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Life means 10 years?

Comments Off on Life means 10 years? 04 January 2018

Life means 10 years?

Well, I am shocked. I remember vividly the time when the ‘black cab rapist’ John Worboys was banged up for 19 offences which involved spiking glasses of Champagne with drugs and then sexually assaulting the victims. Once he was imprisoned, police discovered that the suspected number of victims was circa 100. After a mere 10 years Worboys is free. How can that be?

I am not an expert regarding the parole board but I do admit bewilderment at discovering that they were recommending Worboys’ release from custody. Today we find that the recommendation has been accepted. They insist that there will be strict conditions applying to his release. He will have to report to a probation officer every week and he will not be allowed to contact any of his victims. Phew! That’s all right then. They have plainly concluded that this odious individual is no longer a risk. Do we believe this?

I don’t know if he remains a risk but consider this. If there were some 100 victims, does this not suggest that Worboys is a highly manipulative character? Why, then, are we expected to believe that after a decade in custody he is a changed man? We are expected to believe it because three so called experts have said so. Where Worboys managed to deceive many scores of women, he made no attempt to deceive probation officials? Hmm. We know that prisons are overcrowded, that there is a growing backlog of prisoners who were staying in prison longer than the minimum terms imposed on their initial sentences. Someone please convince me that these matters played no part in his release?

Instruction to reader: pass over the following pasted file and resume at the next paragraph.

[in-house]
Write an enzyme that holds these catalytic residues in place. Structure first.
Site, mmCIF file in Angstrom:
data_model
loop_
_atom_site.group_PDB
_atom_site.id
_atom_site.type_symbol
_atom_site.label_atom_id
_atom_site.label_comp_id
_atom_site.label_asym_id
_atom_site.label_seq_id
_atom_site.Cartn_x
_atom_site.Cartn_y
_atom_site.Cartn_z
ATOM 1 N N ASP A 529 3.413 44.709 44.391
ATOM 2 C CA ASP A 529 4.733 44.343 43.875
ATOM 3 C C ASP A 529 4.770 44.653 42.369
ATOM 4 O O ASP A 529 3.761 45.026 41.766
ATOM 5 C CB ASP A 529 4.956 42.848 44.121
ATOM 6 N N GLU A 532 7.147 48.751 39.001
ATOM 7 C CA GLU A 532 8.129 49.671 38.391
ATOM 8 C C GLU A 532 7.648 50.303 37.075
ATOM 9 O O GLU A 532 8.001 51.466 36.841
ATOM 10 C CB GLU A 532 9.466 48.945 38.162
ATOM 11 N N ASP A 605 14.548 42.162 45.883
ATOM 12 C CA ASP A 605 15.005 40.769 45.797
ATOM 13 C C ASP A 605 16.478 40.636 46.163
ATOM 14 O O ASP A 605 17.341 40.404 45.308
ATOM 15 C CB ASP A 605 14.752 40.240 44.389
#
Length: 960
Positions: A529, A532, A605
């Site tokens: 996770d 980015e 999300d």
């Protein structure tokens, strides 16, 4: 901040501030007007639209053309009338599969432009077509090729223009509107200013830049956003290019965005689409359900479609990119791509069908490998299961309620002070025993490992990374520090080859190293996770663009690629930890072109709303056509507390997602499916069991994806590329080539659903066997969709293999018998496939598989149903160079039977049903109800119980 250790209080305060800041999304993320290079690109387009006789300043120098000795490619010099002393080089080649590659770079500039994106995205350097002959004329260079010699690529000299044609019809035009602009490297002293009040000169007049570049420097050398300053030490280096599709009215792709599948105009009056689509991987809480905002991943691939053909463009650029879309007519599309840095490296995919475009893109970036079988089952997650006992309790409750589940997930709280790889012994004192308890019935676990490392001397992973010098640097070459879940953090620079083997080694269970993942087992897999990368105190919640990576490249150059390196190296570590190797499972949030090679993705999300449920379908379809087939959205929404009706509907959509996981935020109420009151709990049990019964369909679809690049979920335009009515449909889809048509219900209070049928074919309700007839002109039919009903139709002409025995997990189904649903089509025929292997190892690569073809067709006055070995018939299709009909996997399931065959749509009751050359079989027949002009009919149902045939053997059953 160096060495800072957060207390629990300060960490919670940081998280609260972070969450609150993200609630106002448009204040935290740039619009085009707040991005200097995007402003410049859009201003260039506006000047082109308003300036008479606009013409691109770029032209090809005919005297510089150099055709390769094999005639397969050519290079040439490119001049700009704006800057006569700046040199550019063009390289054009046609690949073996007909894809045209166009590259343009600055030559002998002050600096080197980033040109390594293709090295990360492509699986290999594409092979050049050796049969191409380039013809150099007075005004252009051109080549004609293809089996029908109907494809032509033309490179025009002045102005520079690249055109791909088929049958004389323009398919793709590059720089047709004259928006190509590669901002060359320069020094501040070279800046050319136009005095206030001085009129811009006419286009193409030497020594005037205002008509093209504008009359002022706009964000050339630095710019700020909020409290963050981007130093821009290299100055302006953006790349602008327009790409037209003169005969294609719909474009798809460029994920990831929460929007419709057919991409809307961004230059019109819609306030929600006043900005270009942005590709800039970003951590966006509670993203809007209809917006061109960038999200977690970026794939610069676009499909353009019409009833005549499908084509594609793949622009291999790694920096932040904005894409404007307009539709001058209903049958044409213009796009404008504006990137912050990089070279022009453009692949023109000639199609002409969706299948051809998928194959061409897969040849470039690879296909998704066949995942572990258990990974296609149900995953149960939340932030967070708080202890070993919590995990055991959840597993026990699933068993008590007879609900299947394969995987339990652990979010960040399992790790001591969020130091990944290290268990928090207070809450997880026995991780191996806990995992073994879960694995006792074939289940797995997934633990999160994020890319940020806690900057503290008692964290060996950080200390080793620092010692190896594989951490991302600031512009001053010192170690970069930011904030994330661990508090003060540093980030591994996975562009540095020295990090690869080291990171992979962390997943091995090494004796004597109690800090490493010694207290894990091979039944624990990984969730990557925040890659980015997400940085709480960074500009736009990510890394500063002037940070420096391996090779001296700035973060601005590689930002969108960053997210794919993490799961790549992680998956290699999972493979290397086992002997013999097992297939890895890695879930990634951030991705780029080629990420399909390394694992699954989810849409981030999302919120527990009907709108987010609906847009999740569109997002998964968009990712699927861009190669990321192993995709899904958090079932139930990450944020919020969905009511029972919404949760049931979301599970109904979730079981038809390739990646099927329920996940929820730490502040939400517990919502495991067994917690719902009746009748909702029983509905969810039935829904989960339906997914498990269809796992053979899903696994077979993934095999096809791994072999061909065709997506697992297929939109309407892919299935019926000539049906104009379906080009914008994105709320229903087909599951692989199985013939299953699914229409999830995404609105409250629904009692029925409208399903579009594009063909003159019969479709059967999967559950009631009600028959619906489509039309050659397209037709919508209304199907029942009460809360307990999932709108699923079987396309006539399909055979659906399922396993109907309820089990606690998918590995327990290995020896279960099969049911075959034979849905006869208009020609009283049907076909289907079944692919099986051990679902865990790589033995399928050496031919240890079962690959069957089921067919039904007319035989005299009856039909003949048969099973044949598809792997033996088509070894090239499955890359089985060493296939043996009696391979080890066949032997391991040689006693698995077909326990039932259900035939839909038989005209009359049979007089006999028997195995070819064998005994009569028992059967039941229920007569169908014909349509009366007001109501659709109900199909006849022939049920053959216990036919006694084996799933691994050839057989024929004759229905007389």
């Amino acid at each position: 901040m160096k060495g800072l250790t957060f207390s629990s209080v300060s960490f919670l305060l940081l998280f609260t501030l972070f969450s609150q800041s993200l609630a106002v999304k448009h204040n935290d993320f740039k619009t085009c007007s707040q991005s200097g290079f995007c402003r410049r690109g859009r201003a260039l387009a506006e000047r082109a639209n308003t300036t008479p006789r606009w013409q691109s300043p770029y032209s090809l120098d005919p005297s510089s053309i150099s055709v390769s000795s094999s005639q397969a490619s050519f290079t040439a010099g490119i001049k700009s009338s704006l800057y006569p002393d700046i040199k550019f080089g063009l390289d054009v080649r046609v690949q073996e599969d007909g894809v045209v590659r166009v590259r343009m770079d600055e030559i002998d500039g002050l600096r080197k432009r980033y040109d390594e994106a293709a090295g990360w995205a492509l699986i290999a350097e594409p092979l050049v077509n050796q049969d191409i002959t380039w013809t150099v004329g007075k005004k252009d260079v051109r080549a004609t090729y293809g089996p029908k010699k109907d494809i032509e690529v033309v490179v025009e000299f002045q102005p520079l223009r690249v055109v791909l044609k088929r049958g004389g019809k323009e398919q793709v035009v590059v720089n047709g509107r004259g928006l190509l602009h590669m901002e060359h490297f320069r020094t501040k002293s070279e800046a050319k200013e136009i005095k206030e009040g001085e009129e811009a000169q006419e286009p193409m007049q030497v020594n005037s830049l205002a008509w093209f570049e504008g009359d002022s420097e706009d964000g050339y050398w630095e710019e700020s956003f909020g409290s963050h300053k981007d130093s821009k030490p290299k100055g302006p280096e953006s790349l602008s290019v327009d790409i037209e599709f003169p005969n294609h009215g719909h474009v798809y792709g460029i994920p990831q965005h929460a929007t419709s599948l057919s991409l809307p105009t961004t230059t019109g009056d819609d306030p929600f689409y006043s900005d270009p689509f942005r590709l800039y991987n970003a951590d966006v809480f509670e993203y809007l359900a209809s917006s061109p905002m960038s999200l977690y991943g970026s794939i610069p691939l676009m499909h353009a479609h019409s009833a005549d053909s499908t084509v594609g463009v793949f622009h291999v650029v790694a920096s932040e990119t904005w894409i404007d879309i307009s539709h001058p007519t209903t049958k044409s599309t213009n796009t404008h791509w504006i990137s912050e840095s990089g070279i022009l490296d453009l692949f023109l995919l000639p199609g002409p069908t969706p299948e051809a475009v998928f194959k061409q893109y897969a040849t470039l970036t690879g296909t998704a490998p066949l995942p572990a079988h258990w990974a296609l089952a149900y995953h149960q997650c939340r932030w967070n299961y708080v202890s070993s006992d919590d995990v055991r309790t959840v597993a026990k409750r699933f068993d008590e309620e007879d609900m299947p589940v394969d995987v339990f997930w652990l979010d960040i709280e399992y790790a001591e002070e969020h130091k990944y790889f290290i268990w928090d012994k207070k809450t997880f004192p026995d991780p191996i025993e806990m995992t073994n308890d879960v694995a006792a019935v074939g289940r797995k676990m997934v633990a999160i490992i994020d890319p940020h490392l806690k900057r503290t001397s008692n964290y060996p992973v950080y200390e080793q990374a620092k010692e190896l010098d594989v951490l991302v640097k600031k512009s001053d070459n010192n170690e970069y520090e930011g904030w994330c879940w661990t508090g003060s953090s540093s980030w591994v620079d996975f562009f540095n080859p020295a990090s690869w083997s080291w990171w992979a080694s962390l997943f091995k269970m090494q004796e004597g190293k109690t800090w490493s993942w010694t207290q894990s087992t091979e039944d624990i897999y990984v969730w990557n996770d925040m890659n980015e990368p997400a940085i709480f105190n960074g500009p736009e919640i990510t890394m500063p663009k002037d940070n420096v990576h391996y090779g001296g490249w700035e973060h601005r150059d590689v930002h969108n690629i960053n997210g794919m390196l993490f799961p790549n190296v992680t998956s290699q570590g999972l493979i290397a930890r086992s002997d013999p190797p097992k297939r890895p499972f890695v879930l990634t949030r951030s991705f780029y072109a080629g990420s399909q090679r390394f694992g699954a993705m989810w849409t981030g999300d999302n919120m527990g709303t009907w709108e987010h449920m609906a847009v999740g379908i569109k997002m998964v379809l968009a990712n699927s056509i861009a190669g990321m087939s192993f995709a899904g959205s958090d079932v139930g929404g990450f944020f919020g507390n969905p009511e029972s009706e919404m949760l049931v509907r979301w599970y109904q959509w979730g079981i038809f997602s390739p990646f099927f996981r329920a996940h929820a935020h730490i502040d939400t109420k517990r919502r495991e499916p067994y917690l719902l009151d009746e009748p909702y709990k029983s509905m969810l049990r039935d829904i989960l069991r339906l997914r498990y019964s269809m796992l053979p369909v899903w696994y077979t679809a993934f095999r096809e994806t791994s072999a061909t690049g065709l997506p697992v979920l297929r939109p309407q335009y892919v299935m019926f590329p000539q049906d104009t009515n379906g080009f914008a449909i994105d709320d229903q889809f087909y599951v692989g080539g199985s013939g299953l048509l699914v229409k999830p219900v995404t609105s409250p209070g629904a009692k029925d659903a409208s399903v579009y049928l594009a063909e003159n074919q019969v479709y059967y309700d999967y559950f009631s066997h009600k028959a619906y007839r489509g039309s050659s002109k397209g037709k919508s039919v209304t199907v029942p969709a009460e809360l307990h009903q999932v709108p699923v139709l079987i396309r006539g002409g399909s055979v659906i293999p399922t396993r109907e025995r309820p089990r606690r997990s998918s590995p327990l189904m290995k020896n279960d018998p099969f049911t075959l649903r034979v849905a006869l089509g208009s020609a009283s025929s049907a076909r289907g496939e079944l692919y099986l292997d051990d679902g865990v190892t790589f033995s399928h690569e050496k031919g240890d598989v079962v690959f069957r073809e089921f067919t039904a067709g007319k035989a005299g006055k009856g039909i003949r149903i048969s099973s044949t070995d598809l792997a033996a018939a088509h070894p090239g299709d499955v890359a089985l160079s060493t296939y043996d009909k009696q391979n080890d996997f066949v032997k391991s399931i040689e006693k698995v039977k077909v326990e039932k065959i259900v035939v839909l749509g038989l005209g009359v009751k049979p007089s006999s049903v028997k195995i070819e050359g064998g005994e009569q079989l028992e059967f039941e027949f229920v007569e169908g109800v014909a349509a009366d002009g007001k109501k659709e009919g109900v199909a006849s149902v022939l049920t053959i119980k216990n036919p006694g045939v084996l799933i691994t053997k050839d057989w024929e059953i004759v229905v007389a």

A former solicitor called Malcolm Fowler said that Worboys would be “anything but free” after his release, but that is not the point. No matter how many curfews are imposed, tags applied and court orders imposed, he is far more free than he has any right to be. And the short sentence he received compares badly with his victims who will carry their trauma to their death beds.

Someone – I can’t remember who. It may have been Peter Cook – said that “justice must not only be done, it must be seen to be believed”. No one can surely believe justice was done today when one of our worst and notorious criminals was given his life back after such a short sentence when the victims are still suffering through the rest of theirs.

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